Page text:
Bean Bread?

Reason #131 why I love Italy: Farinata.

Ever heard of it? I certainly hadn’t before I lived in Italy.

On our first night eating out, four of us girls arrived at 7 pm to a completely empty pizzeria. We were perplexed, but hungry. So we stayed, feeling like the American zoo animals for the Italians to ogle.

We had just arrived in Italy the week before, and all four of us had become fast friends. We became each other’s cocoon of safety in a foreign land. It was our first time dining out without the watchful eye of our study abroad advisor, and we were nervous. Especially because our collective vocabulary only consisted of ciao, grazie, che, and dove. Would we accidentally order anchovies on our pizza?

We took our sweet time checking out that menu. Torino is not a tourist city, so the menu wasn’t translated into English like you’ll often find in Rome or Florence. Luckily, one of us had a pocket sized dictionary stashed in her purse that we discretely consulted. (Oh, that may have been me! And anchovies is acciughe, by the way ;))

Slowly customers started to trickle in and fill every corner of the resturant. We noticed table after table eating some sort of flat, plain bread-like thing before their pizza arrived. Apparently, we had missed something. We were desperate to know what it was. We wanted to blend in with the Italians, and as we had observed, the Italian thing to do was order this stuff before pizza. (Or, were we getting gypped on the free appetizers?!)

On a side-note, waiters in Italy (and France too) don’t tend to dote on their customers. You’ll see them for the order, the food, and the bill. With that said, the boldest of us four flagged down a passing waiter and asked him “che?” while pointing to the mysterious appetizer. “Farinata,” the word rolled off his tongue.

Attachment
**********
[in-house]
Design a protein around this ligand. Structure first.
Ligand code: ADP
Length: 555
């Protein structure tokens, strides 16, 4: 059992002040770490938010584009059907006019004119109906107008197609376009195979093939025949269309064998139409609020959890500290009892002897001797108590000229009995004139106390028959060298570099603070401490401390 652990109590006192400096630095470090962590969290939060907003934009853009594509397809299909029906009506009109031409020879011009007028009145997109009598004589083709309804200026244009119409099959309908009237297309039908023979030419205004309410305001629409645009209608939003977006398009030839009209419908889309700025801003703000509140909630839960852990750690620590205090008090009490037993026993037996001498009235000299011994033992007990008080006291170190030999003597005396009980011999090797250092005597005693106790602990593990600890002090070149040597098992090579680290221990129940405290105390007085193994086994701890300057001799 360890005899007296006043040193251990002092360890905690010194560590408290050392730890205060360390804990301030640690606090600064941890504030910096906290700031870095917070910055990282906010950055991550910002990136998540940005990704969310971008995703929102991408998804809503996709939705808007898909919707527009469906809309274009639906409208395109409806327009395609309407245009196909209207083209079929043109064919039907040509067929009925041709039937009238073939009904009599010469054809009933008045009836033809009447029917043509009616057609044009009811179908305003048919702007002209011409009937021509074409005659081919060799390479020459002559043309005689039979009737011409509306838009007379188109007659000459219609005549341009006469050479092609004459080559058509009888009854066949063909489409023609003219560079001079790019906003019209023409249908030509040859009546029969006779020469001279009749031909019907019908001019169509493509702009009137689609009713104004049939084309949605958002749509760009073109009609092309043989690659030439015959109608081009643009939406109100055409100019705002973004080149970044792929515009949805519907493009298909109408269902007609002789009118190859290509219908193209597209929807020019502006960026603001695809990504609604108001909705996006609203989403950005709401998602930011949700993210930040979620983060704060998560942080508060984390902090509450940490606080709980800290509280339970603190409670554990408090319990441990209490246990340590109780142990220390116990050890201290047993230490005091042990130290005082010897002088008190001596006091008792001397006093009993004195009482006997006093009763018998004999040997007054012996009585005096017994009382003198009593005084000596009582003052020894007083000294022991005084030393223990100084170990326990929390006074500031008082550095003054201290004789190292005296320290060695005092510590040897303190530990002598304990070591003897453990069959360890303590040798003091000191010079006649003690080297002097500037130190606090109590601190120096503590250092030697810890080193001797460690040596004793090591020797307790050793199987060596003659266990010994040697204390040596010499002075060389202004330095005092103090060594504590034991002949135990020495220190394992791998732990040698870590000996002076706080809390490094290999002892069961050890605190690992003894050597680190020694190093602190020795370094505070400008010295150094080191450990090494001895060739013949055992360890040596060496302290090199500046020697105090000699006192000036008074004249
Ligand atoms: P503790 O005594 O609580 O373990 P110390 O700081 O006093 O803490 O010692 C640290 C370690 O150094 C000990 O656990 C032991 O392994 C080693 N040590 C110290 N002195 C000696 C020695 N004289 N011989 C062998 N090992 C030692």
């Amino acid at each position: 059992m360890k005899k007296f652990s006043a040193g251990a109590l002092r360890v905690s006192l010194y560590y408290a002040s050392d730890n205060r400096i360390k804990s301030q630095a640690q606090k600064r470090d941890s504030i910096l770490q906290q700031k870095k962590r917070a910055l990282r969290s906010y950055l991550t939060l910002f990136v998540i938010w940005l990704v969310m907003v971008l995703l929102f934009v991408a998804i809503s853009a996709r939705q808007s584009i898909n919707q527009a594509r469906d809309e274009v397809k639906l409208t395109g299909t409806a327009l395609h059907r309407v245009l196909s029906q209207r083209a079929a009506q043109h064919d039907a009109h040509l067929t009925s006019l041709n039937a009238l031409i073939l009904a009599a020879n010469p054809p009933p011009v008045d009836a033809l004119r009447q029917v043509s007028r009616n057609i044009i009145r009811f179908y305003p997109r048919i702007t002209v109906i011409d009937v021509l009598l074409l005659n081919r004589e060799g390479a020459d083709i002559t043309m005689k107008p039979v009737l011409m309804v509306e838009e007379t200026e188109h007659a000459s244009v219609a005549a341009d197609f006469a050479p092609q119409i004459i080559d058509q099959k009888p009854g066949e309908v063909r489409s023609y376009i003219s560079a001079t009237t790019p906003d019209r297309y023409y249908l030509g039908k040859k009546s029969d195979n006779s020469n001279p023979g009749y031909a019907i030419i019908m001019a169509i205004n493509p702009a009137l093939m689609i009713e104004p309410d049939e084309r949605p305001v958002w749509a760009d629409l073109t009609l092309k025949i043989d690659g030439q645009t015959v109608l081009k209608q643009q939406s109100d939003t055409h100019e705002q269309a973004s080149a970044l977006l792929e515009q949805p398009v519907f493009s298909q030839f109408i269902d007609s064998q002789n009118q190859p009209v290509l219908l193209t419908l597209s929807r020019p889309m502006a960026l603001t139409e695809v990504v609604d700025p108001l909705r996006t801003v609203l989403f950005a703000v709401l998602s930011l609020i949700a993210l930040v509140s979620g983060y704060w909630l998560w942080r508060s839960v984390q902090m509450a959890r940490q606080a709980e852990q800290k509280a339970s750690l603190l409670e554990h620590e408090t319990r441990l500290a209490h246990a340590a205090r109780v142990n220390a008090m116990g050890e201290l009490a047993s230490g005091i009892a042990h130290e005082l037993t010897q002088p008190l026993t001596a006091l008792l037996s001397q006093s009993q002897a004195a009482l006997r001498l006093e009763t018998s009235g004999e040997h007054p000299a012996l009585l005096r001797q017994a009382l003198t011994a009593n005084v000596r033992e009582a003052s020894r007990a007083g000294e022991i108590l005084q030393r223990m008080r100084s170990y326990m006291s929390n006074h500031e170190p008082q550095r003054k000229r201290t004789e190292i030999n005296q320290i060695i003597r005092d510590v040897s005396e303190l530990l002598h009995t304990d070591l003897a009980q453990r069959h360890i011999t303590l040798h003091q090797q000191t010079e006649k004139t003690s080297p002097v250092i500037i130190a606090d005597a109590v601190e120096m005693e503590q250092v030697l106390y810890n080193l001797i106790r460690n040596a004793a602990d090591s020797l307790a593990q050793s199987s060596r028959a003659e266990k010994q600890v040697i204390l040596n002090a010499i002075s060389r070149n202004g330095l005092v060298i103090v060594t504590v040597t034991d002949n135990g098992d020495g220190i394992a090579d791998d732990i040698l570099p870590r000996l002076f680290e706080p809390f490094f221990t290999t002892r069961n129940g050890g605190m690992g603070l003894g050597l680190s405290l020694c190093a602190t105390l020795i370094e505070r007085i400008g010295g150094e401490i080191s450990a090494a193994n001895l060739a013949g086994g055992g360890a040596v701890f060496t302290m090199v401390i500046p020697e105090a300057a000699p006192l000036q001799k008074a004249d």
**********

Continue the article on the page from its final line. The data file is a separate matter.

Farinata. Thin like a pancake, slightly chewy on the inside, crispy on the outside, salty like popcorn, and speckled with herbs.

Last time I ate it was 7 (!) years ago. I’ve been craving farinata, yearning for farinata that long.

It wasn’t until I pulled up the recipe that I realized the main component is…chickpea (aka garbanzo bean) flour! The ingredients are so simple: chickpea flour, olive oil, herbs, and salt. That’s it!

I’ve been wanting to reduce my flour consumption, mostly because of the fact that it’s processed by our body like sugar, and I’m way too fond of bread AND sugar (I NEED to put a halt to that). I think I could give up bread forever for farinata. Beans and olive oil = protein and healthy fat. Plus it tastes just as good or better than bread, I would argue.

I found chickpea flour for around $6 at Whole Foods. Kind of steep considering I used nearly the whole bag to make one batch of farinata, but hey, at least the chickpea flour was actually from Italy.

Linguistic note: chickpea is the British word, and the Americans tend to favor the Spanish garbanzo. Personally, I think chickpea sounds cuter than garbanzo, so that’s what I prefer to use. ;)

The recipe can be found here. Traditionally farinata is made in a round pan and cut like pizza and cooked in a wood-burning oven. The recipe says to use two 10″ pans, but I just poured the entire batter into a jelly roll pan and cut it into small rectangles instead. I also used dried herbs, specifically the za’atar blend that I fell in love with on my last trip to New York.

It’s best enjoyed hot. :)

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2 comments

  1. Gorgeous! I love a good Zatar mixture too and (these chickpea) breads remind me of one (which I’ve only read of called Socca-French) pancake made with a similar flour and salted, yum! Having never tried either I’m taking your word for it because it looks amazing :)

    1. I think Socca is the French word for Farinata, and it is the same thing, or at least very similar. I saw Socca at the markets in France before I knew what it was, and never tried it because there were too many tempting pastries! You gotta try it! :)

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